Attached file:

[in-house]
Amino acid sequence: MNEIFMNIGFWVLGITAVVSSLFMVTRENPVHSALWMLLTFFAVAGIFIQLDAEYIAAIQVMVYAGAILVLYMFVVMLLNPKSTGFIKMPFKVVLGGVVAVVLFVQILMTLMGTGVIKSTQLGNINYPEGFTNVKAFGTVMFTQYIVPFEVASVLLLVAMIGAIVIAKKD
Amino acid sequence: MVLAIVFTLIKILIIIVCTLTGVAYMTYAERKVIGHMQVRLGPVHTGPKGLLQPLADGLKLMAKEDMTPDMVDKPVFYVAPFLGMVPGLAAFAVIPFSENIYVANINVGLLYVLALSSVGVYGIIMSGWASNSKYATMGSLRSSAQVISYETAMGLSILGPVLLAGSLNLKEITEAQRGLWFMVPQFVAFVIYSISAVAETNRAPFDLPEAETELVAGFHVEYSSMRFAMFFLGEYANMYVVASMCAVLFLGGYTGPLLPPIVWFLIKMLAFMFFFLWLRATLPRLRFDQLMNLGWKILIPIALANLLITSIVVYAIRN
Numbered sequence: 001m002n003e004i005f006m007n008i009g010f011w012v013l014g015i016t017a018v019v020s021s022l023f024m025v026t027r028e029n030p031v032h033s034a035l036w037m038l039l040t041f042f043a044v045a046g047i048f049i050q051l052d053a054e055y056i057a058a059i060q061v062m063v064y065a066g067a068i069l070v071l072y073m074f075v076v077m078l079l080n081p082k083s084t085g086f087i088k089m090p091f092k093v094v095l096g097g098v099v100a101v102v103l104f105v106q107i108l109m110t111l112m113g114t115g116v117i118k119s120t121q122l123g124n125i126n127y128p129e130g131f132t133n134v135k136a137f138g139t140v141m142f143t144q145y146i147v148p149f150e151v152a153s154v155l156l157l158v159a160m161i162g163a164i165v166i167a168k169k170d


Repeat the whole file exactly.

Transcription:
[in-house]
Amino acid sequence: MNEIFMNIGFWVLGITAVVSSLFMVTRENPVHSALWMLLTFFAVAGIFIQLDAEYIAAIQVMVYAGAILVLYMFVVMLLNPKSTGFIKMPFKVVLGGVVAVVLFVQILMTLMGTGVIKSTQLGNINYPEGFTNVKAFGTVMFTQYIVPFEVASVLLLVAMIGAIVIAKKD
Amino acid sequence: MVLAIVFTLIKILIIIVCTLTGVAYMTYAERKVIGHMQVRLGPVHTGPKGLLQPLADGLKLMAKEDMTPDMVDKPVFYVAPFLGMVPGLAAFAVIPFSENIYVANINVGLLYVLALSSVGVYGIIMSGWASNSKYATMGSLRSSAQVISYETAMGLSILGPVLLAGSLNLKEITEAQRGLWFMVPQFVAFVIYSISAVAETNRAPFDLPEAETELVAGFHVEYSSMRFAMFFLGEYANMYVVASMCAVLFLGGYTGPLLPPIVWFLIKMLAFMFFFLWLRATLPRLRFDQLMNLGWKILIPIALANLLITSIVVYAIRN
Numbered sequence: 001m002n003e004i005f006m007n008i009g010f011w012v013l014g015i016t017a018v019v020s021s022l023f024m025v026t027r028e029n030p031v032h033s034a035l036w037m038l039l040t041f042f043a044v045a046g047i048f049i050q051l052d053a054e055y056i057a058a059i060q061v062m063v064y065a066g067a068i069l070v071l072y073m074f075v076v077m078l079l080n081p082k083s084t085g086f087i088k089m090p091f092k093v094v095l096g097g098v099v100a101v102v103l104f105v106q107i108l109m110t111l112m113g114t115g116v117i118k119s120t121q122l123g124n125i126n127y128p129e130g131f132t133n134v135k136a137f138g139t140v141m142f143t144q145y146i147v148p149f150e151v152a153s154v155l156l157l158v159a160m161i162g163a164i165v166i167a168k169k170d